11. Doctor Zhivago: To me, this was the most surprising film on the list. The 1965 epic made $111.7 million, $1.551 billion adjusted for inflation. Critics were impressed with the grandeur and visuals of the movie at the time, but it was highly criticized for romanticizing the Russian Revolution. Most of the movie takes place in the pre World War I years, the War itself, the Russian revolution and the Russian Civil War.
10. The Exorcist: The 1973 film based on a 1971 book based on a 1949 exorcism was massive hit, making over $400 million (exact number unknown), which is $1.601 billion adjusted for inflation. It is still considered as one of the scariest movies ever made, usually topping (or close to it) all-time horror movies lists.
9. E.T. the Extra-Terrestrial: Every movie I’m writing about teaches me something new. In E.T’s case, it’s that there’s a longer name to the film’s title. This all-time classic made $792.9 million at the time (released in 1982), which is $1.711 billion when adjusted for inflation.
8. Star Wars: Episode VII – The Force Awakens: The return to the Star Wars universe was, as expected, a huge success, under the reviving hands of J.J. Abrams. Bringing back the endless battle between the light & dark sides of the Force made $2.068 billion in the box office, dialed down to $1.9 billion when adjusted for inflation.
7. Jaws: The film is credited for birthing the summer blockbuster and a new approach to market films, while also giving sharks an even worse reputation than they had, one they certainly didn’t deserve. In terms of facts, Jaws made $470.7 million in 1975 (only $9 million budget), which is $1.913 billion when adjusted for inflation.
6. The Sound of Music: A hugely successful adaptation of the 1959 Broadway Musical, the Sound of Music charmed audiences and scorched box offices in 1965. The story of Maria and the von Trapp’s made $286.2 million in the box office back then, $1.955 billion when adjusted for inflation. I really dislike musicals, but this film is something special.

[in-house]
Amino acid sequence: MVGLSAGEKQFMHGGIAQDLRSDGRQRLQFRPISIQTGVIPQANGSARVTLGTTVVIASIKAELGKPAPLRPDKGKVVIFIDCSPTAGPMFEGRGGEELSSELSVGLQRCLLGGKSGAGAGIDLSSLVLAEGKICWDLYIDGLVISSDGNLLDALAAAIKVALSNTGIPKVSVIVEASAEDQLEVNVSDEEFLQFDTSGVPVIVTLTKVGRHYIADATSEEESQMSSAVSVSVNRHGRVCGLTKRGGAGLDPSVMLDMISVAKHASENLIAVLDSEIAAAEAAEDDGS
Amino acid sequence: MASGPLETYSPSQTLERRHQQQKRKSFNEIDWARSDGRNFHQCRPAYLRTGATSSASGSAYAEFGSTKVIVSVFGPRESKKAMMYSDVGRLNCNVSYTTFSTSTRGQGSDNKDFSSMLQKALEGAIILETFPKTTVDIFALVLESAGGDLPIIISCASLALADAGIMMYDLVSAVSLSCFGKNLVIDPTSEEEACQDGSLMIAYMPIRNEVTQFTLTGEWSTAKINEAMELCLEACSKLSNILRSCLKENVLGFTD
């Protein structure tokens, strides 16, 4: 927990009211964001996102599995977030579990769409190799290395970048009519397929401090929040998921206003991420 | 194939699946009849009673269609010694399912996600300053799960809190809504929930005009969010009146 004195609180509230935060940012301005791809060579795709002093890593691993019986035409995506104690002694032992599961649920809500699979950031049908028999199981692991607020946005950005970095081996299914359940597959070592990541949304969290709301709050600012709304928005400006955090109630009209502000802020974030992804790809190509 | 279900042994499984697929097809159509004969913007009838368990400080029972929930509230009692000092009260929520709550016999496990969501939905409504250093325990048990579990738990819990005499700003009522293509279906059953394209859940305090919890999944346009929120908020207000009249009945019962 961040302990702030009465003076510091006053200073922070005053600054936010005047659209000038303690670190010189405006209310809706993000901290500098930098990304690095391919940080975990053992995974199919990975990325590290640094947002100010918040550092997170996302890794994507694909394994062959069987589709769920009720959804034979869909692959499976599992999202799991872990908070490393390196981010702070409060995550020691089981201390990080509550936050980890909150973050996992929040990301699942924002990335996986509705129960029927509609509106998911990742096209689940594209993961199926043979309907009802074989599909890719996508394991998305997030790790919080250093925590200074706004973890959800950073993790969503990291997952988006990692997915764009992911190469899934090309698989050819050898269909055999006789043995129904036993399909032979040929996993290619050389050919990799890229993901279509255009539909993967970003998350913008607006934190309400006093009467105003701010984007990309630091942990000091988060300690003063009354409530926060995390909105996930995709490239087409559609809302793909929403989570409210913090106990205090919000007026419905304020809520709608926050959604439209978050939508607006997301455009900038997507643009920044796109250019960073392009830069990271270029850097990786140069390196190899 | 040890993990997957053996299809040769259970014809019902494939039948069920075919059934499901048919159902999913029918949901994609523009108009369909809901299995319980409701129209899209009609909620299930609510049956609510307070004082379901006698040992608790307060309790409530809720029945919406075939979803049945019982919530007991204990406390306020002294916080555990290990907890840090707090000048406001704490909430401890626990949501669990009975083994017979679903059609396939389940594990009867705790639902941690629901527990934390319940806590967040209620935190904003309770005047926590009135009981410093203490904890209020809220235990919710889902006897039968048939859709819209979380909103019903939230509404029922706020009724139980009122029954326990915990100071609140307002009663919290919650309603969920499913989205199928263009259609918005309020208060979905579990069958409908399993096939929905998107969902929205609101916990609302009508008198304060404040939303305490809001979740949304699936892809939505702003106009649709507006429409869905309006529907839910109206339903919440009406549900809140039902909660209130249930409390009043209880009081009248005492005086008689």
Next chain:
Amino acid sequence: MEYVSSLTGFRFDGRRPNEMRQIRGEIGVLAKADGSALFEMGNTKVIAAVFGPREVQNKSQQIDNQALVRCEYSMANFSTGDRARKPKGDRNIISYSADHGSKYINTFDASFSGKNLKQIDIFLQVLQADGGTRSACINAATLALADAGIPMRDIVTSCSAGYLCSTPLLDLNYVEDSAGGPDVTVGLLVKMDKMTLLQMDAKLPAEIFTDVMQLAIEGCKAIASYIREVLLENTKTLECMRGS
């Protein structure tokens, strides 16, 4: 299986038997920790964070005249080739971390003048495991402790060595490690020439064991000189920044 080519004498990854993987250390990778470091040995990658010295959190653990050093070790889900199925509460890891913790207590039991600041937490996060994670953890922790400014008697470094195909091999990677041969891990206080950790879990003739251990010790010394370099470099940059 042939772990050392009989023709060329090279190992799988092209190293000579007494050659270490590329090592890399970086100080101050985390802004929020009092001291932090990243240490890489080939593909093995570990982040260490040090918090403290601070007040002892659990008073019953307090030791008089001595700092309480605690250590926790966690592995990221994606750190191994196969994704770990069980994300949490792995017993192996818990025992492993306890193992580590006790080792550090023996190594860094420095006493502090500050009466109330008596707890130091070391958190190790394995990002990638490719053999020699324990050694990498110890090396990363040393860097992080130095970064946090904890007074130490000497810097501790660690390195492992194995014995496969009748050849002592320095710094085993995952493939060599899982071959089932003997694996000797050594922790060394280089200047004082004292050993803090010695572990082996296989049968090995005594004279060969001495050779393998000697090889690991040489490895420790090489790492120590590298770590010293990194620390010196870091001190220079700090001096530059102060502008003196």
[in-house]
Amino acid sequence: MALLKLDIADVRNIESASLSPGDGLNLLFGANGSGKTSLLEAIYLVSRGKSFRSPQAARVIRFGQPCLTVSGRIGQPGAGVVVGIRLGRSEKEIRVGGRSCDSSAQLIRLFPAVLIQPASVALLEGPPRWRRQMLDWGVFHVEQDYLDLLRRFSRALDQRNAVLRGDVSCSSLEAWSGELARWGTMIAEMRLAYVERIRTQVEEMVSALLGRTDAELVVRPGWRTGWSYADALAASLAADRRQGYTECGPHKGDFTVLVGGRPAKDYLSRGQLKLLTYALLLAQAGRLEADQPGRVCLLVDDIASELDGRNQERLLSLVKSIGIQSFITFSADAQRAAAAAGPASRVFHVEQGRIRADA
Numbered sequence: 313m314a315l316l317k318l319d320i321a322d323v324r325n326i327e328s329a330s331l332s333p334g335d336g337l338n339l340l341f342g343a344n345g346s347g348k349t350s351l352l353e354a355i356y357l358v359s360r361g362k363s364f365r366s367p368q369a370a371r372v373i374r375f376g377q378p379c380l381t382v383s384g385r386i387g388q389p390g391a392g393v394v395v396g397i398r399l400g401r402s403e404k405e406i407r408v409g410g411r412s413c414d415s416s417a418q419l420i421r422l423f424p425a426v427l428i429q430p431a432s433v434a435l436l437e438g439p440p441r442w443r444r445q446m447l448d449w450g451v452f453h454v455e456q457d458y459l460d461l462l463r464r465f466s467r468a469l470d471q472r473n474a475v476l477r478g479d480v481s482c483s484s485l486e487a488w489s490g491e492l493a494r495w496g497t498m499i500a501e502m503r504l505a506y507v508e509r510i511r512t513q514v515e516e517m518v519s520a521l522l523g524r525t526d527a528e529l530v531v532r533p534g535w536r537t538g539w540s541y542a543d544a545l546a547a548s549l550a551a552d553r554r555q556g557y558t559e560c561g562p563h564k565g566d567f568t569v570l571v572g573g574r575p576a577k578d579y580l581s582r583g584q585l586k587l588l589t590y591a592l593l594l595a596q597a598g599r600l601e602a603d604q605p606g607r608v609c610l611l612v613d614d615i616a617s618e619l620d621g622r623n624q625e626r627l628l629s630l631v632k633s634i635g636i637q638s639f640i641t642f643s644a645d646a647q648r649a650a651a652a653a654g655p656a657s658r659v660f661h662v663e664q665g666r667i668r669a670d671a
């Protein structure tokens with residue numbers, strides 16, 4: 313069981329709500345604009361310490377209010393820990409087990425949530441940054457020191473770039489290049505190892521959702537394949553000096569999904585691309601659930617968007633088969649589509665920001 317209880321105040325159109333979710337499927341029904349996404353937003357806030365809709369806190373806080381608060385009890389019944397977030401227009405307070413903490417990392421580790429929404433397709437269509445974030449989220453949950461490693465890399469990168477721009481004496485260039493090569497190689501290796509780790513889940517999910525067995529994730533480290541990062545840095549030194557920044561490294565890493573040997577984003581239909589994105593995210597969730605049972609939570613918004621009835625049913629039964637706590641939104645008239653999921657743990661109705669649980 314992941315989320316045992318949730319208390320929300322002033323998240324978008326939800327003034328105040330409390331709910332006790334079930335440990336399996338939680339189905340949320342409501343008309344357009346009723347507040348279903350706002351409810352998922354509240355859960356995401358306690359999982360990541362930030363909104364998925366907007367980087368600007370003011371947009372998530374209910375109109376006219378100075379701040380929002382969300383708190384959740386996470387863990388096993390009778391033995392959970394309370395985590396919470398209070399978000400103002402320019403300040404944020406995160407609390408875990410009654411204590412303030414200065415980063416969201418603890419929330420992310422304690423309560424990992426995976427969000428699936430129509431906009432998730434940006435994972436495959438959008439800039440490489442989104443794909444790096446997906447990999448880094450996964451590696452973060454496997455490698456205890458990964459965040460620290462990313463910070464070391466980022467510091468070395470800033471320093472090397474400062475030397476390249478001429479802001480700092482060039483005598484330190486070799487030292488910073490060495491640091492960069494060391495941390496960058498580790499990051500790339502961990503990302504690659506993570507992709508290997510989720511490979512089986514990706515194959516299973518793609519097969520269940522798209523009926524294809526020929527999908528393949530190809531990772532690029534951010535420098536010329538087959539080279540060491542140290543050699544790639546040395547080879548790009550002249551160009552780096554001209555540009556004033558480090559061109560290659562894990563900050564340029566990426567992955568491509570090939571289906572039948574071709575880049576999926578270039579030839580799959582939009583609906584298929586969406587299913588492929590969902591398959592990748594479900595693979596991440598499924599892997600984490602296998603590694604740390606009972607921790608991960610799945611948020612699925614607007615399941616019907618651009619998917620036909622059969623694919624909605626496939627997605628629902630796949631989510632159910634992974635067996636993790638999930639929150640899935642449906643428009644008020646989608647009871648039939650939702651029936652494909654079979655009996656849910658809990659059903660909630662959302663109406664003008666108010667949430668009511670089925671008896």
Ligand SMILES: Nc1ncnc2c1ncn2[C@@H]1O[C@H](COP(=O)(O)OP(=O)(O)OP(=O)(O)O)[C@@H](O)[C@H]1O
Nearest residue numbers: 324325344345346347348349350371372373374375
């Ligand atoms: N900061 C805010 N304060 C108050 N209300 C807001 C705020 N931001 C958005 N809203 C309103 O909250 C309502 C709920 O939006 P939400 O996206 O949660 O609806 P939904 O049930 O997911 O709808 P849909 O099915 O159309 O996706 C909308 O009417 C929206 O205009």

5. Snow White and the Seven Dwarfs: The first animated feature film by Disney (and the 1st movie I ever watched in the cinema), Snow White and the Seven Dwarfs was a massive success, making $418.2 million worldwide, which is $2.116 billion when adjusted for inflation. The movie has been re-released to the theatres many times over the years.
4. Star Wars: Episode IV – A New Hope: The first Star Wars film changed so many things in movie making, cinema trends and pop culture in general it just might be the most influential cinematic creation of all-time. A New Hope grossed $775.4 million in 1977, $2.2 billion when adjusted for inflation.
3. Avatar: James Cameron keeps talking about sequels (4 of them planned!!!) but for now, all we have is the 2009 original, which is the highest grossing film of all-time with $2.788 billion. When adjusted for inflation, it drops to 3rd, making $2.799 billion. A rather bland story, however the visuals are incredible, and were truly one-of-a-kind when the movie first came out.
2. Titanic: 12 years earlier Cameron released the mega tear-jerker, labeled as an epic romance-disaster film. It was the first billion-dollar film, making $2.187 billion worldwide, good enough for $2.805 billion when adjusted for inflation. The film sold an estimated 128 million tickets during its cinematic run in the United States alone.
1. Gone With the Wind: The almost 4-hour movie from 1937 remains the most successful film in history. The 1936 novel adaptation set in the South during the Civil War and reconstruction era turned into a film filled with memorable quotes that hold up well to this day. It made just under $400 during its cinematic run, which is $3.861 billion when adjusted for inflation.